single mom



The last ten days have been, um, interesting. You so easily forget the little bits of emotion you’ve hidden away in your mind, in your home and its contents. As I took paintings off the walls of my house, I also ripped the bandaids that have been covering the wounds left from my break up, from watching my life crumble around me. I waited too long. I should have dealt with some of it sooner, maybe it wouldn’t have hurt so much. Every corner of that house was filled with emotion so great I could feel it buzzing around me, step by step.

Each room packed with memories, both good and bad. Filled to the brim with love, happiness, sadness and anger. Have you ever noticed the way emotions can intermingle in a space, laying dormant until you return there only to be completely overwhelmed? That has been the last ten days for me. I have laughed and cried, loved and fought in that house – I put my entire being into that house, turning into our home. New floors, painted walls, new furniture… it was financially and emotionally draining, physically challenging and worth every minute, or so it seemed. As I looked at the bare walls this week, I felt like I’d had the wind knocked out of me. All that hard work, and for what? For me to hate being there so much that I’d packed up our clothes and moved back to Moms? For me to be so afraid of the way my life turned out that I had to get out?

Hidden behind floor lamps and rich, red drapes were unspoken fears: Am I making a mistake? Should I be letting this go? Every dish, towel and blanket I packed had a memory – however big or small. The blankets we bought as a couple, the ones we received as wedding gifts. When the urge to cry became so great I could feel the tears threatening to spill over, I’d make a joke or walk away. I’m just so tired of being sad.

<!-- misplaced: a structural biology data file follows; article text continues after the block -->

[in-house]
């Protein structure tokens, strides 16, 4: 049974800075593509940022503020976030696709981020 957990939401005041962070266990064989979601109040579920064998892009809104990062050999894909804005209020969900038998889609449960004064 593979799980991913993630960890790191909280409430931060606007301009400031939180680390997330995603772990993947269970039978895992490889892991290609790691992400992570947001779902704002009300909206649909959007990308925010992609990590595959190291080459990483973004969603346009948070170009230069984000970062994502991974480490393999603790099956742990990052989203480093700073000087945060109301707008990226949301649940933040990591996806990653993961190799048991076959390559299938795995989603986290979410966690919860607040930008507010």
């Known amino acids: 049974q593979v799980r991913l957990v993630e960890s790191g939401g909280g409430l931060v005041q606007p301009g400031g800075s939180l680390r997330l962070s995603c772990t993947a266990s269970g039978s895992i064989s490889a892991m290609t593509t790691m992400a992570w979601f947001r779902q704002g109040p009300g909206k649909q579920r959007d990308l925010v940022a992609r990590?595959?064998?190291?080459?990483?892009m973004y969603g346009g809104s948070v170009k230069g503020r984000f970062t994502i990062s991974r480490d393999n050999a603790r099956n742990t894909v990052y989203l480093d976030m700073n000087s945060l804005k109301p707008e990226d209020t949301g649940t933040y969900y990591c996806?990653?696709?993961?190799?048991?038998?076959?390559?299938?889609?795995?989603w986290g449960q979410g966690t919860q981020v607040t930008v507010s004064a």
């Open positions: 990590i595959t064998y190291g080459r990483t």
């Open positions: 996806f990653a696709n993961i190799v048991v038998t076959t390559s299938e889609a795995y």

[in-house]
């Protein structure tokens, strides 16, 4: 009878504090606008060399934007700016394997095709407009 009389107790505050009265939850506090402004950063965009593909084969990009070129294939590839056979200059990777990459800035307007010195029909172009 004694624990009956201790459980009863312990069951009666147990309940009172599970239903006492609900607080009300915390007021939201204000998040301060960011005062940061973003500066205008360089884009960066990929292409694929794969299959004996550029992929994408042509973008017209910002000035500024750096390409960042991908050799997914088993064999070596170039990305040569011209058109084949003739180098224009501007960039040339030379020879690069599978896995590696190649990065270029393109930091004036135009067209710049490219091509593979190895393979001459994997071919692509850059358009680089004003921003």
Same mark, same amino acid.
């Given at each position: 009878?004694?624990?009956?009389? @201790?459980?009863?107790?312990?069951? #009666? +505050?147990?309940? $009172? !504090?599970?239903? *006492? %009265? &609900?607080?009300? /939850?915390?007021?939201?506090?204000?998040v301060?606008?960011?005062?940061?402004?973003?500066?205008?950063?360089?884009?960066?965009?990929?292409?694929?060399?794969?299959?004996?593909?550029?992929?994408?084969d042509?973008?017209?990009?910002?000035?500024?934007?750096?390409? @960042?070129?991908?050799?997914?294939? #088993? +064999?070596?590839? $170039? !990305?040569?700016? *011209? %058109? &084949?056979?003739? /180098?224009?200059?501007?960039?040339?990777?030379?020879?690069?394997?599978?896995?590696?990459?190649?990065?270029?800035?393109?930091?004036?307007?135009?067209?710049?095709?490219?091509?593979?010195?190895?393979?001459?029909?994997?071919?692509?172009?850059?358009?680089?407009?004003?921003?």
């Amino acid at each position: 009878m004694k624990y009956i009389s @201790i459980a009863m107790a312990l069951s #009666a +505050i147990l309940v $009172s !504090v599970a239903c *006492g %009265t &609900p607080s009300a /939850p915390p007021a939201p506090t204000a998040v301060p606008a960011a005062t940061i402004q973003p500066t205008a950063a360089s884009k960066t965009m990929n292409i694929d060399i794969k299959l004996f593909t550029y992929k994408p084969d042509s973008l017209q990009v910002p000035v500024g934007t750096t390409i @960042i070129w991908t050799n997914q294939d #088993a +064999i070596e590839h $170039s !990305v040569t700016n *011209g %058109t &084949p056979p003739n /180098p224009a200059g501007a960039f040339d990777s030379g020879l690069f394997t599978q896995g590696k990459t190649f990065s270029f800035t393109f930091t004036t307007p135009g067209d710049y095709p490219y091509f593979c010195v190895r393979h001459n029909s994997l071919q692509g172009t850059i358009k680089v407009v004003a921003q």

The truth is that right now, my life has a brighter future than it did a year ago. I have me back. I own my goals, my fears and my happiness. I always should have. It’s easy to let ourselves go in relationships, easy to settle into the domesticated ebb and flow of parenting and marriage, but it’s really hard to get it back once it’s gone. Don’t let it go. Let go of all the negativity, the sadness and anger of a lost relationship and relish in the joy and freedom of finding yourself. Reinvent yourself once, or twice or a million times, or stay the same.

Try, fall, and get back up and try again. That’s what life is about.

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